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Britain’s textile industry gets an unexpected boost from COVID-19
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The coronavirus outbreak is a human tragedy and an economic disaster, but some businesses could in the long term do quite well out of it. Take Britain’s textile industry. Throughout the 1990s, British textile companies lost a lot of business to China as clothing retailers and brands in the United Kingdom turned en masse to the Far East for cheaper production.
But now the disruption in trade with China has made some of those retailers reconsider the wisdom of having long supply chains, and they’ve been turning back to British manufacturers.
“We’ve been getting a lot of inquiries solely due to the fact that retailers and brands need to be spreading their risk and placing orders locally and making sure the shops aren’t empty,” said Bhavik Master, boss of Paul James Knitwear, a knitted apparel manufacturer in the city of Leicester in the English Midlands.
Suddenly, security of supply — and not cost — is paramount. Although his factory is currently shuttered and his staff furloughed, Master expects a surge in firm orders as soon as the coronavirus crisis subsides.
“I think we’ll be stepping up production by at least 20 to 30%,” he told Marketplace.
Other textile companies in Leicester are also getting a boost from COVID-19, the disease caused by the new coronavirus. Alkesh Kapadia of Barcode Design, another local fashion manufacturer, said that he’d received a flood of orders from worried customers.
“They are concerned about getting stuff from China,” he said.
Manufacturers like Master and Kapadia have their own supply chain worries. Many of their raw materials come from abroad and from countries that have been hard hit by the coronavirus. Italy, for example, is a major supplier of yarn.
But Kate Hills of Make It British, a manufacturing advocacy group, said that British clothing retailers and brands are now focused on sourcing their fabrics domestically “so that in future the whole garment can be made in the U.K.”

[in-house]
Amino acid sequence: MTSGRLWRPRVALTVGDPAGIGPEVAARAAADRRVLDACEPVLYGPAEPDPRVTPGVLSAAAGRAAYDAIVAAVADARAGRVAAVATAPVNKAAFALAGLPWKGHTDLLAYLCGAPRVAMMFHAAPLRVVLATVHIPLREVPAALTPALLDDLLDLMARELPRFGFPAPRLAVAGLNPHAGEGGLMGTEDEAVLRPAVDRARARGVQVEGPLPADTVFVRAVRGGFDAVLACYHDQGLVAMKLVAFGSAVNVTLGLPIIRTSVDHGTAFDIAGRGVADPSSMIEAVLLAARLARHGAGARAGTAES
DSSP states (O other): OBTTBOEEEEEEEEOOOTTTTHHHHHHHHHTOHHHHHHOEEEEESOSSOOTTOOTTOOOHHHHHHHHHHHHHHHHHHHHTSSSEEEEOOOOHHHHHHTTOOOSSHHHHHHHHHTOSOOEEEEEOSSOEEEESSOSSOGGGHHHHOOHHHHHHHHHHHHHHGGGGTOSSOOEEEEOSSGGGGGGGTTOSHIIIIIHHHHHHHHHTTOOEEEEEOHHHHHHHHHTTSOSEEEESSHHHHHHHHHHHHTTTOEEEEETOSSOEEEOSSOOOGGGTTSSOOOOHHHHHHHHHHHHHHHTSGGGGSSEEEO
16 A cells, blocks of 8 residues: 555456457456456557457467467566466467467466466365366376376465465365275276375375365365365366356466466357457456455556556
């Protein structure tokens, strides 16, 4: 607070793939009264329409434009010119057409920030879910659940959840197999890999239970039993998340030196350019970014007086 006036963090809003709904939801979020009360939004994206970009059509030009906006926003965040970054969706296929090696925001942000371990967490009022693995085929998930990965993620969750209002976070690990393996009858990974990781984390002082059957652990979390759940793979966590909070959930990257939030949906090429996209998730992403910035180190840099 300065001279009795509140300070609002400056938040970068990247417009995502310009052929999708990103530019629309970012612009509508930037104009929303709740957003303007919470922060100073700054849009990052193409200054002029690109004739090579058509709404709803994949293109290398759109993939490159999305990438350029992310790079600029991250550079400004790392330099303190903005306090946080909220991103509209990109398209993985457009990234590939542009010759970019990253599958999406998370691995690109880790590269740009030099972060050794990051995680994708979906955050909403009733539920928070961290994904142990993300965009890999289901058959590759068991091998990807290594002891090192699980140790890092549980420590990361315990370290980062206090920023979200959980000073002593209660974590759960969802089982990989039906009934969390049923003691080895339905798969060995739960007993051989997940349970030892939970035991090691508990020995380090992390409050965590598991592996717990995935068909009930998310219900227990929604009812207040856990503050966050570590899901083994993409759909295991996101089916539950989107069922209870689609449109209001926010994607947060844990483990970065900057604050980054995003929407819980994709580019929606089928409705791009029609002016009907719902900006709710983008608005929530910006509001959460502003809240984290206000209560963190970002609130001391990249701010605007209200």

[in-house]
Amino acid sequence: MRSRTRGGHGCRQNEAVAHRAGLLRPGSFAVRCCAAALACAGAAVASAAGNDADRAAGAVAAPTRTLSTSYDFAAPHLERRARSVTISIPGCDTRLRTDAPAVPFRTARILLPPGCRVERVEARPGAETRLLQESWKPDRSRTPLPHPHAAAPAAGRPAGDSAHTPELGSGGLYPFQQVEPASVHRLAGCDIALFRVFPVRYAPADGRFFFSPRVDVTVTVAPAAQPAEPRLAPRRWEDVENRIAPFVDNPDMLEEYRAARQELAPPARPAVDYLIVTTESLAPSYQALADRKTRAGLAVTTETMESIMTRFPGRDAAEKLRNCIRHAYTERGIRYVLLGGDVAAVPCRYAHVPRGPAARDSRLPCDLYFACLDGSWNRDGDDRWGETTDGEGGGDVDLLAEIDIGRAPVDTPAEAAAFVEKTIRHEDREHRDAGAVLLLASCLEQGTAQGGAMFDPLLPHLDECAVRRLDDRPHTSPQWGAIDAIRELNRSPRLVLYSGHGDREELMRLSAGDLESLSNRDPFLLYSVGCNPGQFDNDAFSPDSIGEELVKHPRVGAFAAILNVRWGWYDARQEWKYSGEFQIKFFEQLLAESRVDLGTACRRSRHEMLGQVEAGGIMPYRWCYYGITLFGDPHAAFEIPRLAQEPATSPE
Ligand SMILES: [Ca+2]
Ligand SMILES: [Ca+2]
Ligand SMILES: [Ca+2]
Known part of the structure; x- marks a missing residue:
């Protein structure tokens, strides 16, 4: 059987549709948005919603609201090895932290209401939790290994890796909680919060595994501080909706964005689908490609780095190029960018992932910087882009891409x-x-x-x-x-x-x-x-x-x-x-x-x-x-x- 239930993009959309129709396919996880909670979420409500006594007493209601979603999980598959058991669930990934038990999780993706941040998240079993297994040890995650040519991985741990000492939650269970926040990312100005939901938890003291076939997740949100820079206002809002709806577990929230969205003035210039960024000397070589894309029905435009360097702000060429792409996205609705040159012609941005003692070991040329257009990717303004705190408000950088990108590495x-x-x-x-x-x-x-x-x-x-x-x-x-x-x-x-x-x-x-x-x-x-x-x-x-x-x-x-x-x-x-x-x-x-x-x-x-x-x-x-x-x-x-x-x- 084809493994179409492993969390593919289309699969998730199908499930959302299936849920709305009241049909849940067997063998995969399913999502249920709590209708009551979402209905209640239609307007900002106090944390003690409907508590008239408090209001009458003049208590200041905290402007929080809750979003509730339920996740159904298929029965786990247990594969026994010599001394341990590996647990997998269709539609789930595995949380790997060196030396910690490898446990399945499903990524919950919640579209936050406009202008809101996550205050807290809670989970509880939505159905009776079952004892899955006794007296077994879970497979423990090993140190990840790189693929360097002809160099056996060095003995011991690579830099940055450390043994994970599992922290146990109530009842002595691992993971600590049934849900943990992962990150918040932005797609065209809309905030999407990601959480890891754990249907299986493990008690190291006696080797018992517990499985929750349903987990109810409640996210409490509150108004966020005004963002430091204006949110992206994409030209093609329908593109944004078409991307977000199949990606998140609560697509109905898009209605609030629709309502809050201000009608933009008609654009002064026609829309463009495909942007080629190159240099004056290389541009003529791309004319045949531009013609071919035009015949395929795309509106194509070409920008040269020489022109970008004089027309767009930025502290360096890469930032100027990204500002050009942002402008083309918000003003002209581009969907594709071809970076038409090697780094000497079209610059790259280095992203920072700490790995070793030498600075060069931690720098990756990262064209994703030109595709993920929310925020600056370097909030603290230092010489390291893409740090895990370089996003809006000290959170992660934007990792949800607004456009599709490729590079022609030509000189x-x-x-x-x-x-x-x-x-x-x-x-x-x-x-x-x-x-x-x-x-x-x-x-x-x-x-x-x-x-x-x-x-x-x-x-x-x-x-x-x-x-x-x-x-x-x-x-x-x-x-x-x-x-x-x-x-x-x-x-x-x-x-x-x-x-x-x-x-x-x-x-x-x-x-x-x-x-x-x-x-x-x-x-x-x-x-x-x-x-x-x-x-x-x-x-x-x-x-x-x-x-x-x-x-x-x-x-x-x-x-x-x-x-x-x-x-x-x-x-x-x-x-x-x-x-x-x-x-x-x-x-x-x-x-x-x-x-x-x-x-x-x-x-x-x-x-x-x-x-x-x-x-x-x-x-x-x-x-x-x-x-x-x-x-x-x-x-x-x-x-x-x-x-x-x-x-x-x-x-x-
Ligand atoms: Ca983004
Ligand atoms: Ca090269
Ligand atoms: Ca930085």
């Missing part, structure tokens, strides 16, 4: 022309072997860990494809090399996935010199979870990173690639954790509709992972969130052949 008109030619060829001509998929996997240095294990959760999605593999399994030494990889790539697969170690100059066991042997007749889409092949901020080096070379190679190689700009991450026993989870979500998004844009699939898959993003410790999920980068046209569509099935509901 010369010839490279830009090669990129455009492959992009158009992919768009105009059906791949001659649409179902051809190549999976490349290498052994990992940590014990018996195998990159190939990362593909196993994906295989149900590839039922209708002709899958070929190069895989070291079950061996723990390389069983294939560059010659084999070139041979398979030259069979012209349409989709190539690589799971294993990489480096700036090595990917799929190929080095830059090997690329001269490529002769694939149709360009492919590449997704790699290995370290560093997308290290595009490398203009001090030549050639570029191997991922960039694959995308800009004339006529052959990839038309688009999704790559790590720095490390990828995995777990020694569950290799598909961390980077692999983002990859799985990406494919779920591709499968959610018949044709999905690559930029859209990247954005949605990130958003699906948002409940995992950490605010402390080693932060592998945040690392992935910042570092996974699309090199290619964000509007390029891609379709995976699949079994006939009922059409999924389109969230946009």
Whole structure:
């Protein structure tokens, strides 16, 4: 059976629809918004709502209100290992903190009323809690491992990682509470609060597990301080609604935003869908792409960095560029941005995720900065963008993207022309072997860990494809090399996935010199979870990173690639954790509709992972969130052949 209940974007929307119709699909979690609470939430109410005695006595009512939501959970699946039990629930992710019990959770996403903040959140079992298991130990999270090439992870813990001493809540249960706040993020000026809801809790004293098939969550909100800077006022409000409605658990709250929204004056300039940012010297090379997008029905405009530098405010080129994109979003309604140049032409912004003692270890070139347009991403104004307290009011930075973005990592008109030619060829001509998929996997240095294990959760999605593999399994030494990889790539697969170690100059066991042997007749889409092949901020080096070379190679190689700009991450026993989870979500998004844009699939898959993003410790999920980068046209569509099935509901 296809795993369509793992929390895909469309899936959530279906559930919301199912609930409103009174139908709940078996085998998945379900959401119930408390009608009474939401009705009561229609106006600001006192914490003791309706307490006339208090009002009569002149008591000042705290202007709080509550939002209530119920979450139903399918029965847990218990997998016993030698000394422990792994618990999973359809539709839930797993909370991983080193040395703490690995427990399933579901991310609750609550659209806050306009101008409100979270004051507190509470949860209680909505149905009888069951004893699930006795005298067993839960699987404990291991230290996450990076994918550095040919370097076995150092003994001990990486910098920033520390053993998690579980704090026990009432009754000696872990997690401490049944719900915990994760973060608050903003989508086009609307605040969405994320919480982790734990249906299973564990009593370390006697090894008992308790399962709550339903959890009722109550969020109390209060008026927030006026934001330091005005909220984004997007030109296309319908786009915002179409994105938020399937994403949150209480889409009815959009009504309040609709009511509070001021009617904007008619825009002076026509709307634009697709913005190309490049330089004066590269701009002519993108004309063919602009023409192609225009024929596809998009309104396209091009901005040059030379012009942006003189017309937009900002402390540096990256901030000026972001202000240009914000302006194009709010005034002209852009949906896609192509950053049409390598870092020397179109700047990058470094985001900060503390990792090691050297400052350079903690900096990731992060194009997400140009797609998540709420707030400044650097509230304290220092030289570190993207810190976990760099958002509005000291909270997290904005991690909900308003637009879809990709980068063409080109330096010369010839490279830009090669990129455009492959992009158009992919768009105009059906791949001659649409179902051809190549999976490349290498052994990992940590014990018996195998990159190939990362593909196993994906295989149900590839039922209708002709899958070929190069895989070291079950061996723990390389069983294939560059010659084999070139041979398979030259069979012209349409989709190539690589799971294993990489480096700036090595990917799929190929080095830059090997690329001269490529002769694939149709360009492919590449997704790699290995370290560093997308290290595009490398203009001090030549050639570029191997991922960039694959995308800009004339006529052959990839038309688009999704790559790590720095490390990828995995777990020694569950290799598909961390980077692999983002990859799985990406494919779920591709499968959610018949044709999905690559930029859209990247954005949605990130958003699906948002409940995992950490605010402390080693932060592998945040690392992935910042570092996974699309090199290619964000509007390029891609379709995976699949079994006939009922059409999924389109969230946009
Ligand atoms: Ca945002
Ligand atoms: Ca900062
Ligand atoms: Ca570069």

When the disease finally recedes, won’t all these supply chain anxieties subside, too? Hills thinks not.
“I think the coronavirus is going to change the clothing industry’s mindset,” she said. “The industry will ask, ‘Do you want all your products made somewhere like China, or should you spread your risk and start making at least a percentage of your products much closer to homer, in the U.K.?’”
One of the biggest economic casualties of the crisis could be the international supply chain, and that, Hills believes, will help Britain’s textile manufacturers.
COVID-19 Economy FAQs
Millions of Americans are unemployed, but businesses say they are having trouble hiring. Why?
This economic crisis is unusual compared to traditional recessions, according to Daniel Zhao, senior economist with Glassdoor. “Many workers are still sitting out of the labor force because of health concerns or child care needs, and that makes it tough to find workers regardless of what you’re doing with wages or benefits,” Zhao said. “An extra dollar an hour isn’t going to make a cashier with preexisting conditions feel that it’s safe to return to work.” This can be seen in the restaurant industry: Some workers have quit or are reluctant to apply because of COVID-19 concerns, low pay, meager benefits and the stress that comes with a fast-paced, demanding job. Restaurants have been willing to offer signing bonuses and temporary wage increases. One McDonald’s is even paying people $50 just to interview.
Could waiving patents increase the global supply of COVID-19 vaccines?
India and South Africa have introduced a proposal to temporarily suspend patents on COVID-19 vaccines. Backers of the plan say it would increase the supply of vaccines around the world by allowing more countries to produce them. Skeptics say it’s not that simple. There’s now enough supply in the U.S that any adult who wants a shot should be able to get one soon. That reality is years away for most other countries. More than 100 countries have backed the proposal to temporarily waive COVID-19 vaccine patents. The U.S isn’t one of them, but the White House has said it’s considering the idea.
Can businesses deny you entry if you don’t have a vaccine passport?
As more Americans get vaccinated against COVID-19 and the economy begins reopening, some businesses are requiring proof of vaccination to enter their premises. The concept of a vaccine passport has raised ethical questions about data privacy and potential discrimination against the unvaccinated. However, legal experts say businesses have the right to deny entrance to those who can’t show proof.
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